THANK you for Kathleen Turner's letter in The Bugle (April 10 edition), which stirred my pot of memories and brought several of them bubbling up to the surface.
My brother John used to go to Dudley Conservative Club for dance lessons and when he came home the rugs were moved and on would go the record player so he could practise with me. That was how I learned to dance. I was eleven at the time and he was five and a half years older than me so it was years and years later that I went regularly to the Queen Mary Ballroom in Dudley Zoo grounds.
The M.C. (Master of Ceremonies) was Mr Joe Sadler who was always dressed perfectly; black trousers, white shirt, red bow tie and cream jacket with a red carnation in the button hole. The four or five-piece band was that of Art Baker, whose signature tune was suitably "Heartbreaker". For his day council job Art collected rents from market traders.
I was almost always at the Queen Mary on Saturday nights with Elva Beckley from Tipton, Barbara Horton from Bilston and Doreen Callear, a district nurse who used to come all the way from Codsall on her moped, whatever the weather.
As I worked in Dudley it was easy for me to get the tickets for the four of us for the following Saturday, either from Stanton's music shop or the first house on the right through the zoo gates (opposite the Fellows Club) and at the same time book the table. We always had table number 19a which was strategically placed at the side of the dance floor. The dance started at 8pm and finished at 11.45pm as the law didn't allow such frivolities to run over into Sunday.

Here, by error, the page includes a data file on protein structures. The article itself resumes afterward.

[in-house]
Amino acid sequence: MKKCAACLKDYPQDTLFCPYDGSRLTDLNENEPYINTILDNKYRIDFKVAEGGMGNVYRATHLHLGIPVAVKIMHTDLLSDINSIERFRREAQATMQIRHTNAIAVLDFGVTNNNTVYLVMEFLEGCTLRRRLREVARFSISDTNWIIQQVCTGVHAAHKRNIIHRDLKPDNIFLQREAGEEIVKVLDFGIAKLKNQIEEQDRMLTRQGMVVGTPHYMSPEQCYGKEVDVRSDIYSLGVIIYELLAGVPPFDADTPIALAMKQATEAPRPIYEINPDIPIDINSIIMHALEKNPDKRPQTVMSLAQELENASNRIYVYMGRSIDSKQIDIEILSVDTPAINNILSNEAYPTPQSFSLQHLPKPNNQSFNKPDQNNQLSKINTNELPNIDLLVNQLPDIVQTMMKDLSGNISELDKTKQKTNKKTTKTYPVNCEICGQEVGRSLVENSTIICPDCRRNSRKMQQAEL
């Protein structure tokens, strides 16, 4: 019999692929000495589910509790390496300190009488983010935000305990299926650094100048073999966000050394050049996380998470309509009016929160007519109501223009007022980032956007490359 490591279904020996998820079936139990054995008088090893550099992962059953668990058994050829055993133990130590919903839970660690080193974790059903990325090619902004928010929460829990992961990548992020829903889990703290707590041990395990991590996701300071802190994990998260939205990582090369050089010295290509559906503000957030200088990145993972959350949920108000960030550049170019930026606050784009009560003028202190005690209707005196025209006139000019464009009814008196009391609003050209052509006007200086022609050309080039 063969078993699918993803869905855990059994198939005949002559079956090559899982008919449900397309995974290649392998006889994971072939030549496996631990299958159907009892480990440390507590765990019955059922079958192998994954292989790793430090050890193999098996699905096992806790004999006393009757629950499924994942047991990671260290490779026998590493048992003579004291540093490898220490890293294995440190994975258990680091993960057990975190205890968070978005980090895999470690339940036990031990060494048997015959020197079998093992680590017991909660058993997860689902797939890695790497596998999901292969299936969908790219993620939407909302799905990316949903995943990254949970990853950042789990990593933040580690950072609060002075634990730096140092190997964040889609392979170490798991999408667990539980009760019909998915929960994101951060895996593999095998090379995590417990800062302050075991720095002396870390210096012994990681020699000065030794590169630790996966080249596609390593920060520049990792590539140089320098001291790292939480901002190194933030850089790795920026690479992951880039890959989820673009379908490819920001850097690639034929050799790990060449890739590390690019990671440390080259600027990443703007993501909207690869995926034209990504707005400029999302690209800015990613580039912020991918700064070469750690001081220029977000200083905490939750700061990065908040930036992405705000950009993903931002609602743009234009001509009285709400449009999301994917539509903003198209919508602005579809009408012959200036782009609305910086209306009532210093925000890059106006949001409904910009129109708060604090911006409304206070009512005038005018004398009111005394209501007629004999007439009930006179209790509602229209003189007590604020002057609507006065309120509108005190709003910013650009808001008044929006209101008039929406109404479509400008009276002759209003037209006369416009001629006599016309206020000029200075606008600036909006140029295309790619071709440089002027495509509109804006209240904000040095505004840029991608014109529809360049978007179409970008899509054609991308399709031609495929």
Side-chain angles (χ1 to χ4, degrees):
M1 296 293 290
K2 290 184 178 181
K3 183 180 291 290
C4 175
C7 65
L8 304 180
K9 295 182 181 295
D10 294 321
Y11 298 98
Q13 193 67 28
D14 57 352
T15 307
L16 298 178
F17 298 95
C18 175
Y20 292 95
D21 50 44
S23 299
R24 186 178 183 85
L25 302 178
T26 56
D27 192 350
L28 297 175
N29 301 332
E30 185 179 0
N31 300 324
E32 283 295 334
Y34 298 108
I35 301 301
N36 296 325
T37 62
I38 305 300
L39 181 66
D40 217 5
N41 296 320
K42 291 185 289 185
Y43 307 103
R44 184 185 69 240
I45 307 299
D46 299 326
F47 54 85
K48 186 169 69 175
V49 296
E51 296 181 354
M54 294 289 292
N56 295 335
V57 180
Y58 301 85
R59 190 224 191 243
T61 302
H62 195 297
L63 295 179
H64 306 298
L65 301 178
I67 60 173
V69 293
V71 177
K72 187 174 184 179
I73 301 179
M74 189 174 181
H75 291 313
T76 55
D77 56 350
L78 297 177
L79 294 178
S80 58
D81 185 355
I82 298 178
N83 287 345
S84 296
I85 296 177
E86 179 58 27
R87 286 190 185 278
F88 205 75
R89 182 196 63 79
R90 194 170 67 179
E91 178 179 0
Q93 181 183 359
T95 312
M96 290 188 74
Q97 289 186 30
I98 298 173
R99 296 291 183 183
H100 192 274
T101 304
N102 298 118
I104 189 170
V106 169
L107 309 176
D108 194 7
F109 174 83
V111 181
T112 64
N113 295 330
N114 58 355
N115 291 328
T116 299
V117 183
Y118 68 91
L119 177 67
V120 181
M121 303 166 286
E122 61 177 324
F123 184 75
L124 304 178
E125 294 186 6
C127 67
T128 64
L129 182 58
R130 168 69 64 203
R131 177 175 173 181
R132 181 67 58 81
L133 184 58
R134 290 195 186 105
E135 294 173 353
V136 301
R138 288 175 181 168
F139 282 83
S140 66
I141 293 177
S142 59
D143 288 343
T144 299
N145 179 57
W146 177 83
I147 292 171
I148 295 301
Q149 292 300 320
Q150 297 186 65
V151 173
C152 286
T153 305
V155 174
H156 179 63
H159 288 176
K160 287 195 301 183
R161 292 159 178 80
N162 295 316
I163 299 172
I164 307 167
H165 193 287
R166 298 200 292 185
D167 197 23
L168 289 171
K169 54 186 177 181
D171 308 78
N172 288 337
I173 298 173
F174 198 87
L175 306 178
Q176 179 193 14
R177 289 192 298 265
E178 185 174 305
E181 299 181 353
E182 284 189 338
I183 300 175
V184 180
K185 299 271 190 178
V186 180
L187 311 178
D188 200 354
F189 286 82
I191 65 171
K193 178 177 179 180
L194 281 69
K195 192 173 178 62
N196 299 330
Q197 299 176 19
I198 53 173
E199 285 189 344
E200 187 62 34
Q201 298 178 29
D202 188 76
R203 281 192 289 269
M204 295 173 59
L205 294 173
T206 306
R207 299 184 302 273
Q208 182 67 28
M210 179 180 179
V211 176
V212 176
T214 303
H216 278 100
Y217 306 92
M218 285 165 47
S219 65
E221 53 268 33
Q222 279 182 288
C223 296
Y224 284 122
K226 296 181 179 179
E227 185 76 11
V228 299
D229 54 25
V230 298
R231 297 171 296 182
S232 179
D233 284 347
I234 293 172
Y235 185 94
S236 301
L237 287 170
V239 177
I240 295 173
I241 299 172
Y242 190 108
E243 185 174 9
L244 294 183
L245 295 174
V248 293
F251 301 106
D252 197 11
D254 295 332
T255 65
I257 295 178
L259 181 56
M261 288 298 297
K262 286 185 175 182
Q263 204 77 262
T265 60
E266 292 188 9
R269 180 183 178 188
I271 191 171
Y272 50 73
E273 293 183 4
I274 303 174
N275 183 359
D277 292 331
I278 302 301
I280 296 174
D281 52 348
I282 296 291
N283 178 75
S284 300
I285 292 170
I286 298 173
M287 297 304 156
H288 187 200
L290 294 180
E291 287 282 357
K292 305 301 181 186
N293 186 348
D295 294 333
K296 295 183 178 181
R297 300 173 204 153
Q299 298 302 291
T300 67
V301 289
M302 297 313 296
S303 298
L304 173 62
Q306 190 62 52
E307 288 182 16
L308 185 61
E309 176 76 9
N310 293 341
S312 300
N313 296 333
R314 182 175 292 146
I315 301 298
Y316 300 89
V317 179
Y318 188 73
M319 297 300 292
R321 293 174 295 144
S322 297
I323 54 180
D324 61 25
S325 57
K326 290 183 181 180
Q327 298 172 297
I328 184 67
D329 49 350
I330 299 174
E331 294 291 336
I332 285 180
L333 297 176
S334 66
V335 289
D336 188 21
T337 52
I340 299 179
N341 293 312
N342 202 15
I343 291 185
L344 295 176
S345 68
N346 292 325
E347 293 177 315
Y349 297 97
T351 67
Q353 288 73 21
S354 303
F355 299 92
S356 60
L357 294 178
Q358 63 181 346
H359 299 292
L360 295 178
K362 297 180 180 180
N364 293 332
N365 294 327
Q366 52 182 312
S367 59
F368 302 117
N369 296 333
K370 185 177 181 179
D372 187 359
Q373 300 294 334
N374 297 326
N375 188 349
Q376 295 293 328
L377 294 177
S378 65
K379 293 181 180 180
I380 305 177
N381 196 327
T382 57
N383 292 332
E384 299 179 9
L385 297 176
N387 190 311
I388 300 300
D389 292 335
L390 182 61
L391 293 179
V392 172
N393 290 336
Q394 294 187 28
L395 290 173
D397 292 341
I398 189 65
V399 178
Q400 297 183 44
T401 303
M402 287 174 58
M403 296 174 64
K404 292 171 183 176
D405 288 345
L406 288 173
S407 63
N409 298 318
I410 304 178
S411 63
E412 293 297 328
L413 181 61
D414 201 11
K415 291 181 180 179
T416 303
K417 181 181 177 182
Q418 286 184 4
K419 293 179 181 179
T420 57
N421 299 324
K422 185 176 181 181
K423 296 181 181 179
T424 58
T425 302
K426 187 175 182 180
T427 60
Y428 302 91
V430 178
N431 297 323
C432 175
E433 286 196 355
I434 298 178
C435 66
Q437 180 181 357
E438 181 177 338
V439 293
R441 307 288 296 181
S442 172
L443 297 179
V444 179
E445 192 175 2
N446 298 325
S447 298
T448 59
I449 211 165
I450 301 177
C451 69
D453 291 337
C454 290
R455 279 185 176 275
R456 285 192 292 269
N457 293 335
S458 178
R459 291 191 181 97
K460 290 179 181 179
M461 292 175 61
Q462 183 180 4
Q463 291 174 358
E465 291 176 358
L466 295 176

We regulars affectionately called it the Q.M. It was named the Queen Mary as it was built as a replica of the ballroom on the cruise liner.
When Kathleen wrote that the Conservative Club was near the station in New Street this was, of course, a reference to the Police Station. This made me remember the time as a child when I was stopped in Roseville and asked the way to the station. I directed the poor fellow to Avenue Road to Coseley Police Station instead of sending him down Tunnel Street and on to the railway station which I'm sure is where he wanted, but I digress.
The mention of F.W. Cooke in Upper High Street was a shop where I bought the pink and gold brocade material for my wedding dress and blue and silver material of matching design for my bridesmaid's dress 44 years ago. The gentleman shop assistant thought it was so unusual I promised to take the wedding photographs to show him, which I did.
Four cinemas, a Hippodrome and dozens of super shops. Dudley was lovely then.
C. Beryl Hyde-Wilkes,
Fairmead, 41 The Paddock, Coseley.